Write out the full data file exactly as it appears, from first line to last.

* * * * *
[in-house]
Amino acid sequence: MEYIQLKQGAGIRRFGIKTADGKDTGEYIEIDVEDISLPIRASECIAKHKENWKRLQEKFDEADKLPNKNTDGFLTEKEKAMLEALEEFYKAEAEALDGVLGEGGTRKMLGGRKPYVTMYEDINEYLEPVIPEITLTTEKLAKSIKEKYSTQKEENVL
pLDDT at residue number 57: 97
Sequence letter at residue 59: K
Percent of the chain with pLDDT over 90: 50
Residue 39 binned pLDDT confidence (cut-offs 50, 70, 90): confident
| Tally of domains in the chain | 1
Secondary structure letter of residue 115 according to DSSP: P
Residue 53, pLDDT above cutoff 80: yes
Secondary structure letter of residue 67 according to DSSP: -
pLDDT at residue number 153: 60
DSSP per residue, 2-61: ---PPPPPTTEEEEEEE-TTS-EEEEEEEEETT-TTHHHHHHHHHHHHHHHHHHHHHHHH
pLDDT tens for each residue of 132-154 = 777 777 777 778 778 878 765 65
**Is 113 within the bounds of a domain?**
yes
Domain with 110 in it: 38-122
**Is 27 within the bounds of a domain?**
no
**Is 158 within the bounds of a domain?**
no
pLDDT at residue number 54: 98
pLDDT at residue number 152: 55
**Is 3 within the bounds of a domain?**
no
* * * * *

[in-house]
Amino acid sequence: MEYIQLKQGAGIRRFGIKTADGKDTGEYIEIDVEDISLPIRASECIAKHKENWKRLQEKFDEADKLPNKNTDGFLTEKEKAMLEALEEFYKAEAEALDGVLGEGGTRKMLGGRKPYVTMYEDINEYLEPVIPEITLTTEKLAKSIKEKYSTQKEENVL
pLDDT at residue number 57: 97
Sequence letter at residue 59: K
Percent of the chain with pLDDT over 90: 50
Residue 39 binned pLDDT confidence (cut-offs 50, 70, 90): confident
| Tally of domains in the chain | 1
Secondary structure letter of residue 115 according to DSSP: P
Residue 53, pLDDT above cutoff 80: yes
Secondary structure letter of residue 67 according to DSSP: -
pLDDT at residue number 153: 60
DSSP per residue, 2-61: ---PPPPPTTEEEEEEE-TTS-EEEEEEEEETT-TTHHHHHHHHHHHHHHHHHHHHHHHH
pLDDT tens for each residue of 132-154 = 777 777 777 778 778 878 765 65
**Is 113 within the bounds of a domain?**
yes
Domain with 110 in it: 38-122
**Is 27 within the bounds of a domain?**
no
**Is 158 within the bounds of a domain?**
no
pLDDT at residue number 54: 98
pLDDT at residue number 152: 55
**Is 3 within the bounds of a domain?**
no